It doesn’t make sense.
The narrative takes a few twists for harrowing events about 20% into the story, and Bray and Elias go on the run as a result. They meet a bunch of unsavory characters along the way while trying to hide from the secret that threatens to get them both in trouble. I won’t say the twist. I actually thought the twist was decent in itself, but I couldn’t help but think that the way it was handled as a bridge point (especially with the way that Bray and Elias defer to sex so shortly after this massive transgression) that it was just a shallow plot point for drama. I hated it for that, because the emotional congruence was very lacking.
It’s also a terrible thing when you realize the sex scenes have more intimacy to them than the issues of the characters themselves. You can’t just tell those points, you have to vet them out. If you make mention of your character’s sexual insecurities over having threesomes, then that’s a fascinating conflict point in itself – why NOT delve into it? You can’t just write that off and say “Hey that’s fine,” and glaze over it – because it’s a more complex issue than that. Or, if one of your characters was falsely accused of rape, served time, and it ruined the scope of his life including losing the love of his life over the accusation, that’s a fascinating story in and of itself and it needs to be treated with not only vetting, but sensitivity as well. (I almost think that could’ve been its own story seed for how it was presented in this narrative for the character. But I didn’t like the one-sided handling and presentation. Not at all.)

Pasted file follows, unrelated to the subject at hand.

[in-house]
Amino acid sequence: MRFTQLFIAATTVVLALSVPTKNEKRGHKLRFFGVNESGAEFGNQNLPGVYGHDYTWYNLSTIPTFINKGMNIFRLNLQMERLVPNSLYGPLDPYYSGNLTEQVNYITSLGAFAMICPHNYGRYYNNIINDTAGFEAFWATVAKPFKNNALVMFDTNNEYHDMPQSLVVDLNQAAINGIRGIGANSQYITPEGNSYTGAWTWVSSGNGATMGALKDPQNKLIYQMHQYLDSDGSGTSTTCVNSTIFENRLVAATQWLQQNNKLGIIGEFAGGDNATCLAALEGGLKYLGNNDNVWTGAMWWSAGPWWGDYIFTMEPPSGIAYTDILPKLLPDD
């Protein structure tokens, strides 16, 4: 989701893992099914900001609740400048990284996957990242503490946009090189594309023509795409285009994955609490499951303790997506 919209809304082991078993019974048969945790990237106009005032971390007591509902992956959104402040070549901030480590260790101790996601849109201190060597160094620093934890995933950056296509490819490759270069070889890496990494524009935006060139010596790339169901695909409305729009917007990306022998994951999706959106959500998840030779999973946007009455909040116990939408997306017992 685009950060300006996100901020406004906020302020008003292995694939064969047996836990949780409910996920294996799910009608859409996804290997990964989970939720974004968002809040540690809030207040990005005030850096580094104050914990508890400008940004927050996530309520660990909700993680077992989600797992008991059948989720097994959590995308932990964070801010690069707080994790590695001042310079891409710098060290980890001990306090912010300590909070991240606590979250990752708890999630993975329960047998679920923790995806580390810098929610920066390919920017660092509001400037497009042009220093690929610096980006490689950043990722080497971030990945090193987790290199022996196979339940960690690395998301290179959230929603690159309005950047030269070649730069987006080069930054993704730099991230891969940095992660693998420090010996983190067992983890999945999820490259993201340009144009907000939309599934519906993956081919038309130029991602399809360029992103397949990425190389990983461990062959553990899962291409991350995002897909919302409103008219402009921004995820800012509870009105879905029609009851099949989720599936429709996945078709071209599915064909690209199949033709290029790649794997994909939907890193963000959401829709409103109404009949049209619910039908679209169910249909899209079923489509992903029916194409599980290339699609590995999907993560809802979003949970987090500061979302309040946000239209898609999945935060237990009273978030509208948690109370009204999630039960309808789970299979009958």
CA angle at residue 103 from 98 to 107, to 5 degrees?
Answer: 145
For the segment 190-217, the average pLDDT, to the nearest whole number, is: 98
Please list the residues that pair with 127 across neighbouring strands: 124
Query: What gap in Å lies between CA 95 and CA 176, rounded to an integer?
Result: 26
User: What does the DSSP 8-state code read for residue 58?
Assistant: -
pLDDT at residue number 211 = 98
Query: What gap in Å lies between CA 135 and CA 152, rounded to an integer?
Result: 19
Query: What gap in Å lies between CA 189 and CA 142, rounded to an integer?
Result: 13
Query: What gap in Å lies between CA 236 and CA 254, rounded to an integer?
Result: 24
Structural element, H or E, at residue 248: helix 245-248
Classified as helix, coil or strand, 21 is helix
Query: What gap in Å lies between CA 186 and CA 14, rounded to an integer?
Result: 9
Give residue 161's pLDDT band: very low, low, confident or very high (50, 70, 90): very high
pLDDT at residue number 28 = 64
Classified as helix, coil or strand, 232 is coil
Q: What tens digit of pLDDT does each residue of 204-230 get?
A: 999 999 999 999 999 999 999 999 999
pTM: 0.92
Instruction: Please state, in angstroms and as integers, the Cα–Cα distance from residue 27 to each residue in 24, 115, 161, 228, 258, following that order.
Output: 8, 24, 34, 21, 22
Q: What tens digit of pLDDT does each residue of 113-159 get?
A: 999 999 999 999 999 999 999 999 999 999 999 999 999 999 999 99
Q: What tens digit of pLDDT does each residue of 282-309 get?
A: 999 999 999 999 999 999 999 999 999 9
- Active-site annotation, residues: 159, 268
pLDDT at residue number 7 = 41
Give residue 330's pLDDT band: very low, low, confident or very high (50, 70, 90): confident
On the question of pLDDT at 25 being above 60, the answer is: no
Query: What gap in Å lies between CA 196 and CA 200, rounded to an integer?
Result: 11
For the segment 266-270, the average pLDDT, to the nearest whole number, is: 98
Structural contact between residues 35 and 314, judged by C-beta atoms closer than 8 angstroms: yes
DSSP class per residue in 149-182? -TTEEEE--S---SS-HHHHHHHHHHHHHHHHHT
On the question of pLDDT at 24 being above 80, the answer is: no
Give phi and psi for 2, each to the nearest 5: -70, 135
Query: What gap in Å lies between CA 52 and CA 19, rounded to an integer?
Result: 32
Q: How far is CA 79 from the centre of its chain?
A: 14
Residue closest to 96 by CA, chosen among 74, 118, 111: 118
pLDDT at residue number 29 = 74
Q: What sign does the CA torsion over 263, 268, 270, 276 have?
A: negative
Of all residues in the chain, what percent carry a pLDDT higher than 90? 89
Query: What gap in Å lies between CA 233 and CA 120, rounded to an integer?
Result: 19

The drug use scenes in this were pretty gratuitous and bothered me as well. I mean, I’ve read narratives that had fascinating looks at the fall of characters who get caught up in the use and abuse of drugs (and they’re very dark in their overarching presentation), but here, it almost feels like it’s treated in a non-serious, flippant way. I know that’s probably not what Redmerski intended, but honestly – it just wasn’t developed well for the scope of the narrative, and added to the mess of the meandering that the story took in its turns.